February 21, 2014
Washington DC – According to the latest “Energy Infrastructure Update” report from the Federal Energy Regulatory Commission’s Office of Energy Projects, non-hydro renewable energy sources (i.e., biomass, geothermal, solar, wind) accounted for more than 99% of all new domestic electrical generating capacity installed during January 2014 for a total of 324 MW.
Solar led the way last month with 13 new “units” totaling 287 MW followed by geothermal steam with three new units totaling 30 MW. Biomass added three new units totaling 3 MW while wind had one new unit with an installed capacity of 4 MW. In addition, there was 1 MW added that FERC defined as “other.”
Renewable energy sources, including hydropower, now account for 16.03% of total installed U.S. operating generating capacity: water – 8.44%, wind – 5.20%, biomass – 1.36%, solar – 0.70%, and geothermal steam – 0.33%. This is more than nuclear (9.26%) and oil (4.04%) combined. *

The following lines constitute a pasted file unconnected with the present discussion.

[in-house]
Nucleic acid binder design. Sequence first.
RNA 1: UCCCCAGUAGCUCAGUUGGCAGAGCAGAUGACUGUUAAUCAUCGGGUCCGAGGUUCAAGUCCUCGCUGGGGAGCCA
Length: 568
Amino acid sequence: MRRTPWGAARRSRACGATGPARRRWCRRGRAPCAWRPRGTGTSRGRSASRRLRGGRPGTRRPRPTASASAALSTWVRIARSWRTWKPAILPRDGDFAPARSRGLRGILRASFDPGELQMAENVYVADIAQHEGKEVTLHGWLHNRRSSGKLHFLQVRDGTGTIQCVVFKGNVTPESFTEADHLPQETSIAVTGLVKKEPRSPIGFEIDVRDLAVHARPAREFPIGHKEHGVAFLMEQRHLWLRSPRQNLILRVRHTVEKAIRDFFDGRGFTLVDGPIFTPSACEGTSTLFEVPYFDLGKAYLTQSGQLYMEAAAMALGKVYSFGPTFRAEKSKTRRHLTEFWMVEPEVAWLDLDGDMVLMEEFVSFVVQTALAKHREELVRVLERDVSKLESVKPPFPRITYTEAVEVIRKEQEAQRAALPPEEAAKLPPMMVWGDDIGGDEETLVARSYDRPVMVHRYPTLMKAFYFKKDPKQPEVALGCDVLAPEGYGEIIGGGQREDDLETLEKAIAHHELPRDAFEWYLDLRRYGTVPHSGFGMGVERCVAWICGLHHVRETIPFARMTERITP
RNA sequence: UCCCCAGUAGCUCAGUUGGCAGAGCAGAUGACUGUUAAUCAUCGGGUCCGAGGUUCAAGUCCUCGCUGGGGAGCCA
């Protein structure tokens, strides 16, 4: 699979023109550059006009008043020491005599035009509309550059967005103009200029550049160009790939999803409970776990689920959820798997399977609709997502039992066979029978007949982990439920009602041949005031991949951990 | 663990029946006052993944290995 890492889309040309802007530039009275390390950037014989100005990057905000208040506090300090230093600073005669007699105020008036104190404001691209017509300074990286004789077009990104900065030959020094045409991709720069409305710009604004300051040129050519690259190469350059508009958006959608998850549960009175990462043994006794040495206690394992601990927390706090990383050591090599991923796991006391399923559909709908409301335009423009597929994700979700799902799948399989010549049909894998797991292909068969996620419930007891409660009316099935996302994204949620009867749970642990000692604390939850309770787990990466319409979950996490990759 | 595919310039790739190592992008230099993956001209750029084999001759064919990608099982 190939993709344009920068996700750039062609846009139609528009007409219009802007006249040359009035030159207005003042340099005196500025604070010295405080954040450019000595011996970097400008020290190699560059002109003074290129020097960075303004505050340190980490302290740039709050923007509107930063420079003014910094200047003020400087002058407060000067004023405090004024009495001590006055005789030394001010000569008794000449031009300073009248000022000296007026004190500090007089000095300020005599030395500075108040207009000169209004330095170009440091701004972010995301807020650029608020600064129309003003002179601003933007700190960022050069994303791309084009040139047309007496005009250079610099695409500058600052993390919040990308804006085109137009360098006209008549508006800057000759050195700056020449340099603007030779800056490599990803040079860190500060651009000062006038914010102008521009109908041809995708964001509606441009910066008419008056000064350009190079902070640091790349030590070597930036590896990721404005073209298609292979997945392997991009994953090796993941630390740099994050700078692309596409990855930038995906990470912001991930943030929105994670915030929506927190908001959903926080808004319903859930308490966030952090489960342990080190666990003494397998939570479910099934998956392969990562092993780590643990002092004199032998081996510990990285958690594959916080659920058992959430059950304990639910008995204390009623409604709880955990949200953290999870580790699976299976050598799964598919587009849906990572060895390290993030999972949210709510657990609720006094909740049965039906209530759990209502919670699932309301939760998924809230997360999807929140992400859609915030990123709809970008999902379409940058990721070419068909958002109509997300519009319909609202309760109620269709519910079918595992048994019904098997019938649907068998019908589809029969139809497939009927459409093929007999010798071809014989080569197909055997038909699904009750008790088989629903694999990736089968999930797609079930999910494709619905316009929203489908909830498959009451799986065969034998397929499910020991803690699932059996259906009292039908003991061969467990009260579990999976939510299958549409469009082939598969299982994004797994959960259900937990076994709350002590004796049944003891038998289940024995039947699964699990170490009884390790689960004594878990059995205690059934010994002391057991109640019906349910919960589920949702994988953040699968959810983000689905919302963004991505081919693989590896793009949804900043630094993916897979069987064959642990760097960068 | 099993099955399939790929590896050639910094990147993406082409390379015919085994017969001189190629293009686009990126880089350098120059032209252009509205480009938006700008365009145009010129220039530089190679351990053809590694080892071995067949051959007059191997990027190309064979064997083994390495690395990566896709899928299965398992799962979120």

“The trends are unmistakable,” concluded Ken Bossong, Executive Director of the SUN DAY Campaign. “Renewables are the energy growth market of the future with solar – for the moment at least – the leader of the pack.”
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The Federal Energy Regulatory Commission released its most recent 4-page “Energy Infrastructure Update,” with data through January 31, 2014, on February 20, 2014. See the tables titled “New Generation In-Service (New Build and Expansion)” and “Total Installed Operating Generating Capacity” at http://www.ferc.gov/legal/staff-reports/2014/jan-infrastructure.pdf.